Meidel, Christopher (DNB00)
MEIDEL, CHRISTOPHER (fl. 1687–1708), quaker, a Norwegian by birth, was educated at Copenhagen. He came to England about 1683 as chaplain to Prince George of Denmark (Bevan), and was appointed minister of the Danish congregation in Wellclose Square, Ratcliffe, in 1687. He was soon troubled in his conscience by the fact that he ‘administered the sacrament to persons who were no way bettered thereby,’ and consequently he relinquished the charge. About 1696, he began preaching to an independent congregation in Nightingale Lane, East Smithfield, but after holding the post for some years he grew confirmed in his doubts, and eventually joined the quakers (Bevan says about 1699). At the time, he was living at Stratford, and supported his family by manual labour. On 24 Feb. 1701, Meidel took part in a notable dispute at Green's Coffee-house, Finch Lane, between Benjamin Keach [q. v.], a baptist, and Richard Claridge [q. v.] In November he accompanied Claridge on a series of meetings in Hertfordshire and Buckinghamshire. In September 1705, they attended the burial of a quakeress, which took place in Barking churchyard (by direction of her son), and they protested that she, being unbaptised, or excommunicate, had no need of ceremonies. Meidel addressed a large crowd over her grave, but the vicar's son thrust him out of the churchyard. He again spoke to many hundreds ‘by the sign-post of the Anchor and Crow.’ The same year Meidel issued ‘An Address to my Neighbours and others in and about Stratford, near Bow, Essex, assembled to dance on the 1st of the 3rd month, called Mayday.’
Meidel was soon afterwards imprisoned. On 4 July 1706 he wrote from Chelmsford gaol ‘An Address to the Danish and Norwegian Lutheran Church in London.’ This is printed in a Danish translation by himself in his Danish rendering of W. Dell's ‘Treatise on Baptism,’ London, 1706. An English version appeared in ‘The Irish Friend.’ In it he gives his reasons for joining the society, and takes affectionate leave of his former congregation.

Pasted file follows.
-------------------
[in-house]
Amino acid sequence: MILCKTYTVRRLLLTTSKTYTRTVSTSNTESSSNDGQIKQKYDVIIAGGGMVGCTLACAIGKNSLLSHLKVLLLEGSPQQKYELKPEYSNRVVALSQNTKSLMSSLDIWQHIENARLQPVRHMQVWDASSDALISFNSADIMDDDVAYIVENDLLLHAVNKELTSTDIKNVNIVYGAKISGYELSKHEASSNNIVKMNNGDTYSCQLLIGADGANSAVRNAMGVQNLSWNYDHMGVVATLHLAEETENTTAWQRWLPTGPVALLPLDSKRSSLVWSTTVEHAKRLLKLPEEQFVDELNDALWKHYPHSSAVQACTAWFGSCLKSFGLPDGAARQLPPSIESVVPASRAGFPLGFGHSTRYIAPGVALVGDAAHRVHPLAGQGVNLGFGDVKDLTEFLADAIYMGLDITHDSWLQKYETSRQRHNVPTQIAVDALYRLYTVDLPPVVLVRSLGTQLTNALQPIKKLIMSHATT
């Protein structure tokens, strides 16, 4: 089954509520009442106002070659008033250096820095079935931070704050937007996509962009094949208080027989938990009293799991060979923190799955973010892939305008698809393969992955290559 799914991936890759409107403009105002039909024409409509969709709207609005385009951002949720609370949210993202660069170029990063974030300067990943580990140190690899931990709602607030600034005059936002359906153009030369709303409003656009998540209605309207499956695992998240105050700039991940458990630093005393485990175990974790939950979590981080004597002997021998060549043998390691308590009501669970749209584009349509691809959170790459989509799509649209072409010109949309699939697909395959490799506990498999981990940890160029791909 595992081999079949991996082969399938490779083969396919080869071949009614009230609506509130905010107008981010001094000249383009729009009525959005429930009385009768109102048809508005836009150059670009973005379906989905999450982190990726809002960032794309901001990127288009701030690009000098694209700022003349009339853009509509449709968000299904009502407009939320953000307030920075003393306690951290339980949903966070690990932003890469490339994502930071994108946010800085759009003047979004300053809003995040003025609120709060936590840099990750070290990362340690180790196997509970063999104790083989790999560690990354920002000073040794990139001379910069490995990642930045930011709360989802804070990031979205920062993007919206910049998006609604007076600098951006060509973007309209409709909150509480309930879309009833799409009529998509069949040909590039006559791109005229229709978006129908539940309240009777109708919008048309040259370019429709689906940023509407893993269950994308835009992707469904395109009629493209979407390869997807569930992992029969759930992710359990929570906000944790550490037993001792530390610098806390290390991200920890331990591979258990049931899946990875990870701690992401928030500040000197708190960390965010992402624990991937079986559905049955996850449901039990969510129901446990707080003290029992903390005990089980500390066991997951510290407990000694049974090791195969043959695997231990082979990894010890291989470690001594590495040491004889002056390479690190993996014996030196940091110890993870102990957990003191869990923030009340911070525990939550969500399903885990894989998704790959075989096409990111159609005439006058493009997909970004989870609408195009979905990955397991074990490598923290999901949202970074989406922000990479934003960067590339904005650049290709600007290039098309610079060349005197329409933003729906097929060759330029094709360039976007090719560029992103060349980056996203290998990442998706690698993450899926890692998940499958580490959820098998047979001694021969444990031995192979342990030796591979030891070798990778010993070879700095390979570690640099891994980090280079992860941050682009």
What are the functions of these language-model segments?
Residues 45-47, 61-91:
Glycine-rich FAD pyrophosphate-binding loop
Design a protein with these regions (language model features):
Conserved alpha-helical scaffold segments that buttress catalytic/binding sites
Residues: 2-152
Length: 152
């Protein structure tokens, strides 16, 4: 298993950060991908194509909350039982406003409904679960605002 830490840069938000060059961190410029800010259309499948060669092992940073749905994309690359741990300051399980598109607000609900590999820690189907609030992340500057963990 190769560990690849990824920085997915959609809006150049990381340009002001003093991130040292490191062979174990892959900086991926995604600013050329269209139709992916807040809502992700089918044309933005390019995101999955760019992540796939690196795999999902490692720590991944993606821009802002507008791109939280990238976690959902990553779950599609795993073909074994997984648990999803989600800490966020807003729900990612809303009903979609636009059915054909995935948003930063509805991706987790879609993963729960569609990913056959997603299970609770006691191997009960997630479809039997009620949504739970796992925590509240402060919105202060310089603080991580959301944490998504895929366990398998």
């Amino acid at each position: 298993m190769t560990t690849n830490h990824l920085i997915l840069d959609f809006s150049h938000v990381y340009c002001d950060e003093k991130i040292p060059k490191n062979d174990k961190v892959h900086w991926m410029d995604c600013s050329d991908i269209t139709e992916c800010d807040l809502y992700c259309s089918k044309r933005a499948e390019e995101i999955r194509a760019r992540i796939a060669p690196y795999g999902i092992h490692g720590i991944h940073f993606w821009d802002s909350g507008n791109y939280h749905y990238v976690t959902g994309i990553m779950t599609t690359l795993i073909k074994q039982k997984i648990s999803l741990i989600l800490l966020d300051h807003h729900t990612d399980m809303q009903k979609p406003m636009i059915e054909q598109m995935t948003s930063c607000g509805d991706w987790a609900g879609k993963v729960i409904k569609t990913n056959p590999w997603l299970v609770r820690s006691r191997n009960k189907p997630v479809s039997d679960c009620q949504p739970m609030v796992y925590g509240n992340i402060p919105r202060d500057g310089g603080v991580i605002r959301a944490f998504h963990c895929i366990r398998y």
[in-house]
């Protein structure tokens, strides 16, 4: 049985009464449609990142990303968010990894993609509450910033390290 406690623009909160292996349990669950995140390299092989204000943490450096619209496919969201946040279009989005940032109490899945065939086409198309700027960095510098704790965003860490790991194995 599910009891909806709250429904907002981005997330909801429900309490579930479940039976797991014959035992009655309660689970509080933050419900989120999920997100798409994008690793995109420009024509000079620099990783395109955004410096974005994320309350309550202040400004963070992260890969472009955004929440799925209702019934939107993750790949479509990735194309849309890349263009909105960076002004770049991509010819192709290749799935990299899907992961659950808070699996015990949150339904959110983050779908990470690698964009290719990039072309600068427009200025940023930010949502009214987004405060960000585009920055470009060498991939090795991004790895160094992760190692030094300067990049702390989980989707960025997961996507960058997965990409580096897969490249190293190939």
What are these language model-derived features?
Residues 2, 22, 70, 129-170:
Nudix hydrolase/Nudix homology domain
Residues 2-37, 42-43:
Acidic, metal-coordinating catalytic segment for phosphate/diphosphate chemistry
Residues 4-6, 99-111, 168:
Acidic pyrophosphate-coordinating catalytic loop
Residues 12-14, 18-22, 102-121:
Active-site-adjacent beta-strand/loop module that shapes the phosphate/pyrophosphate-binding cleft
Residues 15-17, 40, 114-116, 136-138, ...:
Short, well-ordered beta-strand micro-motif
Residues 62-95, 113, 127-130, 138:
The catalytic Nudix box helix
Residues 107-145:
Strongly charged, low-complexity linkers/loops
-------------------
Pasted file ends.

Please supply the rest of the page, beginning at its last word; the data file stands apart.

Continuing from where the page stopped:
Meidel became a quaker minister, and about 1708 visited Friedrickstadt and other towns in Holstein, where the Friends were suffering persecution. In travelling through France he was arrested, detained at Pont and St. Lys, and finally carried to Paris. There he was brought through the streets chained to other prisoners, and preached repentance to the people standing by, who freely offered him money, which he refused. On 22 Aug. 1708 he wrote to William Sewel [q. v.] from the Grand Châtelet, asking for money to be remitted.
Meidel seems to have died abroad, as the registers at Devonshire House contain no record of his death.
Besides the above translations, Meidel also published both French and Danish versions of Penn's ‘Key Opening a Way … to Discern the Difference,’ &c., in 1701 and 1705 respectively. Of his Danish translation of Barclay's ‘Apology,’ the Meeting for Sufferings, in a minute, 11 Jan. 1717, ordered five hundred copies to be printed. The earliest edition known is 1738. It was reprinted at Stavanger, 1848. ‘Directions to collect matter for a general History of the Progress of Truth in our Age,’ fol., 1706, and ‘A Preface to the Reader,’ inserted in the third part of ‘Piety Promoted, in a collection of the dying sayings of many of the people called quakers,’ by John Tomkins [q. v.], 1706, 12mo, are also by Meidel.
[Piety Promoted, pt. x. 2nd edit. by J. G. Bevan, 1811, pp. iii–vii.; Journal of Thomas Story, Newcastle, 1747, p. 496; The Irish Friend, Belfast, 1837, No. 5, ii. 36; Smith's Cat. i. 184, ii. 172.]